Erstellt am: 13. 6. 2012 - 13:16 Uhr
Re-imagining Afghanistan through circus
When I was growing up in Toronto, I always thought my younger brother’s troika of best friends were total goofballs. Except for one. Adnan Khan was always up for a bit of silly fun but he had a reflective streak. Even as a child, Adnan was more about The Big Picture than most kids.
Now Adi’s all grown up and he has become not only a much-respected photo journalist for all sorts of newspapers and magazines including Canada’s best political commentary magazine Maclean’s , his Bigger Picture Thinking has instilled in him a need to not just report the story but improve the lives of those whose stories he tells so honestly and well:
A View from Kabul
Text by Adnan Khan, Kabul, Afghanistan
Six months ago, I would never have imagined myself buying a motorized rickshaw and driving it to Istanbul. Six months ago, I was a war journalist, arriving in Afghanistan to cover what Afghanistan had become for me over a decade of working here: a country at war.
I’m still a war journalist, but over the past half-year Afghanistan has come to mean more to me than the place where Nato and the Taliban kill each other in a seemingly endless cycle of violence. The circus helped me to re-imagine Afghanistan.
For more information on the Rickshaw Circus and its journey, please visit www.rickshawcircus.com. To support us, go to www.indiegogo.com.
The Rickshaw Circus is:
Adnan Khan, an independent writer and photographer from Canada, Annika Schmeding, a cultural anthropologist from Germany, Peter Gatehouse, a computer technician from the U.K. We all juggle. We all clown. We can all drive a rickshaw.
The Mobile Mini Circus for Children (MMCC) is proof of hope in a country where imagining peace has become an exploration into the impossible. Whatever happens out in Afghanistan’s rural badlands, there is this place here in Kabul, and also its school in Bamyan, places where children have the space to laugh and explore, where they learn cooperation and collaboration, and strategies for resolving conflict peacefully. These are places where children learn that the impossible is possible.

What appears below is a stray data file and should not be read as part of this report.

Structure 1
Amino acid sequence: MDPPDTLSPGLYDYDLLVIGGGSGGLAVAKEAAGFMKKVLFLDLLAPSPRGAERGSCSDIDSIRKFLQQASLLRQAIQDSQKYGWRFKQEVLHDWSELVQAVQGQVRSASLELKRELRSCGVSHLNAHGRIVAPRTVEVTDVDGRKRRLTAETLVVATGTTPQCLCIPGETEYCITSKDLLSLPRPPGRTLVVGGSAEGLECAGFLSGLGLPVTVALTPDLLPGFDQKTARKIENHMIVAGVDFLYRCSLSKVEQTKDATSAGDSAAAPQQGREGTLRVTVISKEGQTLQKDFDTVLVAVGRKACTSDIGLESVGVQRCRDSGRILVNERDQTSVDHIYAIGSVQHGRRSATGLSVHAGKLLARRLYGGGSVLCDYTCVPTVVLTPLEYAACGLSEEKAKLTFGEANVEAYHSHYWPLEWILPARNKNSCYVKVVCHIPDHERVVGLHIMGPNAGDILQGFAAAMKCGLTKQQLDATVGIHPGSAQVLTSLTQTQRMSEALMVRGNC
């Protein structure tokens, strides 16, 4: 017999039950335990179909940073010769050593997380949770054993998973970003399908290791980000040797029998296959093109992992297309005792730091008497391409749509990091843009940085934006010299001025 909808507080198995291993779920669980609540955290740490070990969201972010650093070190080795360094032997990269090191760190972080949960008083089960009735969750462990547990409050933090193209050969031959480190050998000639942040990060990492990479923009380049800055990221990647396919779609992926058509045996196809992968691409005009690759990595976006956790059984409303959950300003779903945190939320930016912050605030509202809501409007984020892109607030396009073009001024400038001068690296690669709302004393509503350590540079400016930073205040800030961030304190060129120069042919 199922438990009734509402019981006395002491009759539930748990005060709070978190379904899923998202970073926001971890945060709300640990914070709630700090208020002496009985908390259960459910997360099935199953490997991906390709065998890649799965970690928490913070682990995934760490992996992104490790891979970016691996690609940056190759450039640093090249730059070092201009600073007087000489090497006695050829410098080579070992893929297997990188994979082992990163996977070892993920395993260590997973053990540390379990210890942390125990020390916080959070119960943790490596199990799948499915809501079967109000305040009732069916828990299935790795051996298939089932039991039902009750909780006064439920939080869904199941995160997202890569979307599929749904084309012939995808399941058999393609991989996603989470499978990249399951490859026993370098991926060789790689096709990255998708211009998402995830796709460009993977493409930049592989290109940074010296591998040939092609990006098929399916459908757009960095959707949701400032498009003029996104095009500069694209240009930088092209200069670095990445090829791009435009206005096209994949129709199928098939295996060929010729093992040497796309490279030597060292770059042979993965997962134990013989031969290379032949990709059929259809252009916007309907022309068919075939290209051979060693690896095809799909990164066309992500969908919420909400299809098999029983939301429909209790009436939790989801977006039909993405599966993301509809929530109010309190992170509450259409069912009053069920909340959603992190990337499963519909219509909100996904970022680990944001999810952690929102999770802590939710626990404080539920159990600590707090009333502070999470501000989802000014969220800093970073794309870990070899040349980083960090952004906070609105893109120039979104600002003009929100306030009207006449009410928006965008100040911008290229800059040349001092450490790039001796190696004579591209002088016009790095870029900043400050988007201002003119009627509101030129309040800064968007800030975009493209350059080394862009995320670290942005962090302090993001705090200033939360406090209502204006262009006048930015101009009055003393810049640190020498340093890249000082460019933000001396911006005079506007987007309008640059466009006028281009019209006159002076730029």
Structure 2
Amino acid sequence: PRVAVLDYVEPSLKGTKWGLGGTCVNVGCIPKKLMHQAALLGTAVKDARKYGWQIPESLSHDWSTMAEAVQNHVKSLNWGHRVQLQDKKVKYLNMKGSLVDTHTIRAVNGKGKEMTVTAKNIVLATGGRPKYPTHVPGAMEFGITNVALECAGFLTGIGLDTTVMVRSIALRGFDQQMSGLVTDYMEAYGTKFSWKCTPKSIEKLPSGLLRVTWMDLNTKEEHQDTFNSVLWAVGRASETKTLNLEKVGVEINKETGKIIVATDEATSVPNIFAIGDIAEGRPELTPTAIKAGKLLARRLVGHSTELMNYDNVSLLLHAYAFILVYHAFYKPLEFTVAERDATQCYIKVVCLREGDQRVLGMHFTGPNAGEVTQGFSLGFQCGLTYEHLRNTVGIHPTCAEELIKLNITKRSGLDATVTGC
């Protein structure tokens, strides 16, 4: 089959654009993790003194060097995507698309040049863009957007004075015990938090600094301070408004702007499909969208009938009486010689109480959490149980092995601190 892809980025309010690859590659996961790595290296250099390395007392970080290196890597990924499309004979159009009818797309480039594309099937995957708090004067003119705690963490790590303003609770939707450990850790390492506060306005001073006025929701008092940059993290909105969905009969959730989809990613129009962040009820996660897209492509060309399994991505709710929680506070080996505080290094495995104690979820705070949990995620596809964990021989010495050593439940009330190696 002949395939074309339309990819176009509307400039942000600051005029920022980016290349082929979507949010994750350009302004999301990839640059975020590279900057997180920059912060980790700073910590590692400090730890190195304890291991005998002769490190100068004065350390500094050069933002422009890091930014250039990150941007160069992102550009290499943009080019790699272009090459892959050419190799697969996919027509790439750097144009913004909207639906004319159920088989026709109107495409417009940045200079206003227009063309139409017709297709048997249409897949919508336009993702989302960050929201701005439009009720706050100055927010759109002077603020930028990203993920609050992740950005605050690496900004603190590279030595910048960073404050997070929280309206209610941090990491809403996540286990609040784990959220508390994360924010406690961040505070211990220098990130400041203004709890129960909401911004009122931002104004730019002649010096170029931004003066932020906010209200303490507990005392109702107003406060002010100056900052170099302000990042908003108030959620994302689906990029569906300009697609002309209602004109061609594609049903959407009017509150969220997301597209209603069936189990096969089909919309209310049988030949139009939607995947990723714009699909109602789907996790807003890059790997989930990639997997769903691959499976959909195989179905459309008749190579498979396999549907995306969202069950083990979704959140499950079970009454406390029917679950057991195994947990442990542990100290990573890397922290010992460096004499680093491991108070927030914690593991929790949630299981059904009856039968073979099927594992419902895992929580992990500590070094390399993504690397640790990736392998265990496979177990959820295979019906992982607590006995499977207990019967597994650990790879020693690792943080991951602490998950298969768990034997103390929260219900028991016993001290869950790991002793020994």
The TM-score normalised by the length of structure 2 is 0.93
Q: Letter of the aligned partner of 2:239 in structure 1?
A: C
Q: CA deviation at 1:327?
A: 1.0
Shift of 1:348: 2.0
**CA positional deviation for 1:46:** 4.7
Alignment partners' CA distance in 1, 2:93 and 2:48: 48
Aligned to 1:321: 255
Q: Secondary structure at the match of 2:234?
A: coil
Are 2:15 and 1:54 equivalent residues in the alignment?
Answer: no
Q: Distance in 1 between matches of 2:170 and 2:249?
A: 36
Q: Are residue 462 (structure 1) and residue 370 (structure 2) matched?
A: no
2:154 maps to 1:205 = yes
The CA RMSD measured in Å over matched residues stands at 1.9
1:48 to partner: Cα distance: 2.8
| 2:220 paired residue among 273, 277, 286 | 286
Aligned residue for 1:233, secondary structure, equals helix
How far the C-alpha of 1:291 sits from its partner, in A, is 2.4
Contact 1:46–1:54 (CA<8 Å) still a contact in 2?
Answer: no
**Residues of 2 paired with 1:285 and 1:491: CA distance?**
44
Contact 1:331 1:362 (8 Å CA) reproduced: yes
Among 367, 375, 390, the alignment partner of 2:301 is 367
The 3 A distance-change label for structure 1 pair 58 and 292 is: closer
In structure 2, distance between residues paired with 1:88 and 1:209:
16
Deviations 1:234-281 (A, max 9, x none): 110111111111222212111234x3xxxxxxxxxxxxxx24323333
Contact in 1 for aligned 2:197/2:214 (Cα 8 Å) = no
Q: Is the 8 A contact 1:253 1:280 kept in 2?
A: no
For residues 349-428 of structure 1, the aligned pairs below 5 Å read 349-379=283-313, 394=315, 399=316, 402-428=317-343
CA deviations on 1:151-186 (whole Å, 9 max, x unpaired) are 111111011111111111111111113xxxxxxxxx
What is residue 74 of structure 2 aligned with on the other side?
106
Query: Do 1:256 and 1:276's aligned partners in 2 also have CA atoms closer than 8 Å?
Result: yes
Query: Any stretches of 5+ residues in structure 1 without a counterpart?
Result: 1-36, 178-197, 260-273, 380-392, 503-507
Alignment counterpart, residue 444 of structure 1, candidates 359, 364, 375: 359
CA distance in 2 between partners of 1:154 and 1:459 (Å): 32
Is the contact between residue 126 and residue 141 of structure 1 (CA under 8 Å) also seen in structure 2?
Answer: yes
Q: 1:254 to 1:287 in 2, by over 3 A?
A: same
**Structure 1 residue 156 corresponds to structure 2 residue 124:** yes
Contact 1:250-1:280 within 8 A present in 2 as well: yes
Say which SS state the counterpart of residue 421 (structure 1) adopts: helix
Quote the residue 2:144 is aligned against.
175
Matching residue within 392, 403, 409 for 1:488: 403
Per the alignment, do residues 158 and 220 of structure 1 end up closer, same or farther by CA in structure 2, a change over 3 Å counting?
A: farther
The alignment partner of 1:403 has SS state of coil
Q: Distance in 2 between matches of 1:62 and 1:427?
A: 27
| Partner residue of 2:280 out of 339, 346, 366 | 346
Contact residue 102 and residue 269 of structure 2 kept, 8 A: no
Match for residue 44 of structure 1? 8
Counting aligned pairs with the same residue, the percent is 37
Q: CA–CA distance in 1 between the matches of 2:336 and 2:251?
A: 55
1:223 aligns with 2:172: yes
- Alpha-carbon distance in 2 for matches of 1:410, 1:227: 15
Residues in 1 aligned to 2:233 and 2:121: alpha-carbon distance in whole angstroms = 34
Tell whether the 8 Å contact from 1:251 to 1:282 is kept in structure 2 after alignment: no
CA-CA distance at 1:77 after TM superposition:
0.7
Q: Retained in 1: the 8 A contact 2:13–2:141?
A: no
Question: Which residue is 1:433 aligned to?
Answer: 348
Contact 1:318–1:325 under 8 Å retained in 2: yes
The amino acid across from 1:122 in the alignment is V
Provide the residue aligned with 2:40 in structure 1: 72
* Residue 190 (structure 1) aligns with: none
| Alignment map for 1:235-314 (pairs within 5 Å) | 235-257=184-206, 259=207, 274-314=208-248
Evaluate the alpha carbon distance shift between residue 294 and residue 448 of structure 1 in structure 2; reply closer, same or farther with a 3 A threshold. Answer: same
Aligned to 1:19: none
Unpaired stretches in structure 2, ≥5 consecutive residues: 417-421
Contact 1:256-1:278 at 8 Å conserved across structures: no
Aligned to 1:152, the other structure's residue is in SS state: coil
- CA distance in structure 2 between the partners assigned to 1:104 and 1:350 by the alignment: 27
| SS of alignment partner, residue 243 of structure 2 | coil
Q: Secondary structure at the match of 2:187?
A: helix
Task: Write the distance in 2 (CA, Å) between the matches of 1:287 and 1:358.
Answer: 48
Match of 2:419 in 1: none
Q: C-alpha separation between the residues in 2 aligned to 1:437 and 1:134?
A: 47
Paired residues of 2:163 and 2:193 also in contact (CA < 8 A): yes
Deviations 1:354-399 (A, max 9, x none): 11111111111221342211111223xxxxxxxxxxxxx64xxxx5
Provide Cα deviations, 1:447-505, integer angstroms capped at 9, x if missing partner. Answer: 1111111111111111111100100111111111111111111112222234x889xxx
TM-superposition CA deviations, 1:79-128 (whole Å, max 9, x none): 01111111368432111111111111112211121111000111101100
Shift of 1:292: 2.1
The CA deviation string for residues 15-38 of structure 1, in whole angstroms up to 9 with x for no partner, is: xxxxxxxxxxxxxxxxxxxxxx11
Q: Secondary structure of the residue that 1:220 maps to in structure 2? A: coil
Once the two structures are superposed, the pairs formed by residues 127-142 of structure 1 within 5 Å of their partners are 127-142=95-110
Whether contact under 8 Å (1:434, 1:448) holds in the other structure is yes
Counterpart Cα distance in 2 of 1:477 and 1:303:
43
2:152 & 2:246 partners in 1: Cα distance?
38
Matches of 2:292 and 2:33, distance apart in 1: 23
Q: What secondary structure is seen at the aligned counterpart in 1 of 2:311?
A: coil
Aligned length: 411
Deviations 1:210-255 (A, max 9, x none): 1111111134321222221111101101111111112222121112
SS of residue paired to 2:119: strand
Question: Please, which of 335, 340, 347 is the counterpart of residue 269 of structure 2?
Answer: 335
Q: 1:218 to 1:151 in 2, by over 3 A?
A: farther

So my partner and I decided to buy a rickshaw and drive it to Istanbul to support the MMCC’s work. Over the next ten weeks, the Rickshaw Circus will travel through Pakistan, Iran and Turkey, working with children’s organizations along the way to spread the word about what the MMCC does and raise money for it. We will perform for children in refugee camps and orphanages, hospitals and shelters for marginalized youth. We will also run social circus workshops for local administrators with the hope that this form of therapeutic intervention – circus arts - can spread into parts of the world where it is needed most.
It sounds nutty, and on so many levels, it is. But a children’s circus in Afghanistan is nutty enough, and the Rickshaw Circus feels like a natural extension to it.
It is also necessary: the MMCC is facing a financial crunch. As foreign troops exit Afghanistan, much of the aid money is exiting with them. Projects like the MMCC suffer more than others because their work doesn’t fit the usual mould international donors expect: high visibility and immediate impact. But what they do is arguably more important. The future of Afghanistan depends on the next generation of Afghans who will lead it. The MMCC is building those future leaders.
I'll give Adi and Annika the final word but...
People say it’s good to have friends in high places, I’m proud to have friends in challenging yet deserving-of-the-world’s-attention-even-if-there-isn’t-a-war-on places. I was so happy to have a clear line from Vienna to Kabul, to talk with my old friend Adnan and his girlfriend Annika. We spoke about the Rickshaw Circus for FM4’s midday magazine Reality Check but I also asked them about what it was like to live in Kabul, Afghanistan, these days…
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